Try one of these five options for a natural remedy.
Essential oils have all kinds of awesome health benefits. Not only do they smell amazing (and probably mentally transport you to the spa), but when used as aromatherapy, they can reduce anxiety, boost your mood, help you sleep, and may even reduce inflammation in the body.
The plant-extracted, highly concentrated liquids can be rubbed on the skin and inhaled, put in a diffuser and breathed in from the air, or placed on a pendant so you can smell them throughout the day. No matter how you prefer to use them, one of the coolest benefits of essential oils is headache relief. Yup, if you’ve got a throbbing head or a major migraine, inhaling essential oils could be the remedy you need, says Nancy Rodgers, a massage therapist and certified aromatherapist in the integrative medicine department at Mayo Clinic.
So, uh, how exactly does smelling an essential oil relieve a headache?
They work like this: “Essential oils are quickly absorbed by smell receptors that are linked to the limbic system, which controls heart rate, blood pressure, breathing, and stress,” Elizabeth Ko, MD, medical director of the UCLA Health Integrative Medicine Collaborative and assistant clinical professor of medicine of the David Geffen School of Medicine at UCLA, previously told WH. Basically, certain oils can trigger responses in the body that relieve anxiety and tension and promote relaxation, all things that can trigger headaches and migraines.
In fact, some smaller studies have found that people had less headache pain after they applied peppermint and lavender essential oil to their skin. One study even found that there wasn’t a significant difference between using peppermint oil for reducing pain and taking acetaminophen (a.k.a. Tylenol). Pretty cool.
How do you actually use essential oils for headaches?
If you want to use essential oils for headaches, here’s how to apply them: by adding a few drops to a cold washcloth, which you can then apply as a cold compress to the head or a warm compress to the back of the neck (ahhhh), or by adding a couple drops to a cotton ball and waving it under your nose.
There are a few things you should know when considering which essential oils to buy and use, says Rodgers. “It’s important to do your research on the companies you’re considering buying from to make sure the oils are good quality and will be effective, and to look for oils that are pure with no additives,” she says. “Make sure the label doesn’t just say it’s a therapeutic oil; it should tell you the name of the plant, including the latin version, the country of origin, and how it was distilled.”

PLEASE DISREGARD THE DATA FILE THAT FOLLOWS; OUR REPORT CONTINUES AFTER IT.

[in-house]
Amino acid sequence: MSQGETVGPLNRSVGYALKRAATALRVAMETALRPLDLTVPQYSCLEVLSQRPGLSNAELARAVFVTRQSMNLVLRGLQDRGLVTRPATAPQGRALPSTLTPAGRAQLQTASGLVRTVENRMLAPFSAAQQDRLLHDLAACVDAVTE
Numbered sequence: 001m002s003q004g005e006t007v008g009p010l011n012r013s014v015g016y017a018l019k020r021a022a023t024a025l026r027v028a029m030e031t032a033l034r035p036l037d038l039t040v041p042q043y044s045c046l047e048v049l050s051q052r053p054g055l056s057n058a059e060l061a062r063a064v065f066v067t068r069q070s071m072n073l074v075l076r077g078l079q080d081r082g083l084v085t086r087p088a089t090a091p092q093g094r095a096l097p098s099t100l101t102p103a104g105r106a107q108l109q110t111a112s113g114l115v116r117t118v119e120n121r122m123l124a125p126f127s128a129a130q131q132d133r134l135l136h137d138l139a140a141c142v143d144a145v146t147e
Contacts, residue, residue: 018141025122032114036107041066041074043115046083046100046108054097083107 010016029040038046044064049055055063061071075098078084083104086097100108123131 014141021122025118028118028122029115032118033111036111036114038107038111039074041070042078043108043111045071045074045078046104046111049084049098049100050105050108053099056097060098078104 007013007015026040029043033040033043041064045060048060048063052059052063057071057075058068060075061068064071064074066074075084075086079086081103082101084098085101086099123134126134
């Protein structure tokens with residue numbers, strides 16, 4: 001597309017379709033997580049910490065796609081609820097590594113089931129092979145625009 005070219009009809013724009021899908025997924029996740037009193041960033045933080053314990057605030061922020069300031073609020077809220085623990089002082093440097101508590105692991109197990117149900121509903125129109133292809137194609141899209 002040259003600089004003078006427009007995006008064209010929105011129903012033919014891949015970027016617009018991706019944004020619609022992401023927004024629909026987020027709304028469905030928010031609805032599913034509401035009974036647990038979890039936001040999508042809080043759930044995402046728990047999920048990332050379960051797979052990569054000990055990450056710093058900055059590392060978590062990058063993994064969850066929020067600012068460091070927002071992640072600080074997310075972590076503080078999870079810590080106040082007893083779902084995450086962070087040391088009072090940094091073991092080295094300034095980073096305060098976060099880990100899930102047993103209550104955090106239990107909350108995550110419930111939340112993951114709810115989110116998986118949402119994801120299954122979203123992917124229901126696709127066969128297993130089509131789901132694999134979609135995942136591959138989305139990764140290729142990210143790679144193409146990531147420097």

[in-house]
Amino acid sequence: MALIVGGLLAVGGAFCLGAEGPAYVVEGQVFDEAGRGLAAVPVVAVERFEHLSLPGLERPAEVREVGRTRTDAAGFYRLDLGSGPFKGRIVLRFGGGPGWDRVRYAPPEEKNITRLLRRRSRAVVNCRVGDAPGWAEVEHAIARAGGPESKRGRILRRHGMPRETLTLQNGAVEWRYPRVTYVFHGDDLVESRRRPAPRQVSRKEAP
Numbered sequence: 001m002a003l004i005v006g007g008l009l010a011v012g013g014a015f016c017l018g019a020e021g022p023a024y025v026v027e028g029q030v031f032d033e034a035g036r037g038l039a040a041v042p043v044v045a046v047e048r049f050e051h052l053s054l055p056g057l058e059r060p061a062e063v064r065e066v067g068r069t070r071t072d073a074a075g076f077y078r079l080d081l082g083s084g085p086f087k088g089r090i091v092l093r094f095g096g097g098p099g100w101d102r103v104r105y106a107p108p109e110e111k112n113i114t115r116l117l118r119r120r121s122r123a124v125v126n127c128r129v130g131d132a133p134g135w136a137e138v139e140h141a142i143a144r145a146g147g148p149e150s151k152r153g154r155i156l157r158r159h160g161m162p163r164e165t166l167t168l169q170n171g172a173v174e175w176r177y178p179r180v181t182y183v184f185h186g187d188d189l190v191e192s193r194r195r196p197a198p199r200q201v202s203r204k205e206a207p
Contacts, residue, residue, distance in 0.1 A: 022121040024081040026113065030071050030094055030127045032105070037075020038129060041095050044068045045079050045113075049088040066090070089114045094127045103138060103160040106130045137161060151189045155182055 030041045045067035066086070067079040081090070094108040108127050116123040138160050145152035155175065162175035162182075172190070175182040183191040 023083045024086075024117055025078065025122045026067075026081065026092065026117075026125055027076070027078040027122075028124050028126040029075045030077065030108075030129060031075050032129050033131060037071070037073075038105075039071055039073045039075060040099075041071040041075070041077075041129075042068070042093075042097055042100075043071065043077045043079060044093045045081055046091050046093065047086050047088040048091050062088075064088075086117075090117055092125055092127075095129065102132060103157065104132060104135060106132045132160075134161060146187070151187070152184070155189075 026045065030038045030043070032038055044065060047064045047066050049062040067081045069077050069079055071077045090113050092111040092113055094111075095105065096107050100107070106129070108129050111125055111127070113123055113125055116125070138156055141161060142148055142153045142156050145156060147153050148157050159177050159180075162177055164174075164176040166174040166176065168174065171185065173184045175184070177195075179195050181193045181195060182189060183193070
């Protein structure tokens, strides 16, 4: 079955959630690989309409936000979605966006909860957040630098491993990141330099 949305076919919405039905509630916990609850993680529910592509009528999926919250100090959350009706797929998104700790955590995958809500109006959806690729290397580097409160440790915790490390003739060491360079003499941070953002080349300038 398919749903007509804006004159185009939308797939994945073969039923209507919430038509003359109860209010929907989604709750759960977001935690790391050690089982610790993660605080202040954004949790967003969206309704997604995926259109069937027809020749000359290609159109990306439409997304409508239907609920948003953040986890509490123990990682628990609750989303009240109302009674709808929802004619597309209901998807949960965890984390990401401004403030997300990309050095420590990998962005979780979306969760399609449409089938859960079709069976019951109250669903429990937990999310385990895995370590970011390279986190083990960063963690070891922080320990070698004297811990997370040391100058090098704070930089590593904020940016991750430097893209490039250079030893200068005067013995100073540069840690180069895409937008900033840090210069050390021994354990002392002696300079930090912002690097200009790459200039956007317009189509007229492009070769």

If the oil is coming in contact with your skin, it’s also important to mix it with a carrier oil—like almond or jojoba—to dilute it, she says. Some of these oils do have side effects in certain populations (more on that below), so it’s important to check with your doctor to make sure the oil you want to use is safe for you.
So which essential oils are best for headaches in particular?
These are the oils that Rogers recommends for relief.
- Lavender oil. Lavender oil is sort of the mother of all oils and can help with a lot of ailments. It’s used regularly in Mayo Clinic’s hospitals, Rodgers says, as a remedy for headaches brought on by anxiety and mental stress.
- Peppermint oil. The menthol component of peppermint oil can help to relieve tension and discomfort brought on by headaches, and can help you feel more calm and relaxed in general. It can also provide an analgesic effect to help relieve nausea. Additionally, if you have headaches related to allergies or congestion, peppermint oil can help to clear the sinuses and relieve those symptoms as well, says Rodgers.
- Lemon oil. Lemon can be used to uplift the spirit, but can also induce a sense of calm, which may be helpful to someone who has a tension headache but still needs to be alert, says Rodgers.
- Roman chamomile oil. You’ve likely heard about chamomile tea’s association with relaxation, so it makes sense that the oil can be used in the same way. Because it can relax the muscles, it can also, in turn, relieve tension associated with headaches. Roman chamomile also has anti-inflammatory properties and can provide calming effects for anxiety and stress, says Rodgers.
- Rosemary oil. This oil has stimulating effects similar to peppermint or eucalyptus oils, says Rodgers. It’s also thought to aid in pain relief, so it could be helpful for and achy head.
What are the potential side effects of using essential oils for headaches?
Some people who suffer from headaches and migraines are sensitive to strong scents, so it’s best to start slowly when using essential oils and use only very small amounts, so as not to create an overwhelming smell.
Some of the above oils do come with risks and contraindications. Peppermint oil, for example, should never be given to children or people with heart disease because of its chemical makeup. Rosemary oil shouldn’t be used by pregnant people, or people with high blood pressure or epilepsy, because it comes in three different species that can have different effects on the body. Finally, lemon oil is phototoxic, so you should be careful when going outside if you’ve applied it to your face or other exposed skin, as it could lead to a bad sunburn, says Rodgers.
In order to ensure the oil you’re using is safe for you, check with your doctor before turning to it as a headache remedy.
The bottom line: Multiple essential oils, particularly lavender and peppermint oil, can be used as a headache remedy when inhaled from a diffuser or applied to the skin with a carrier oil. But check with your doctor beforehand to find out if the oil you’d like to use may cause any adverse side effects for you.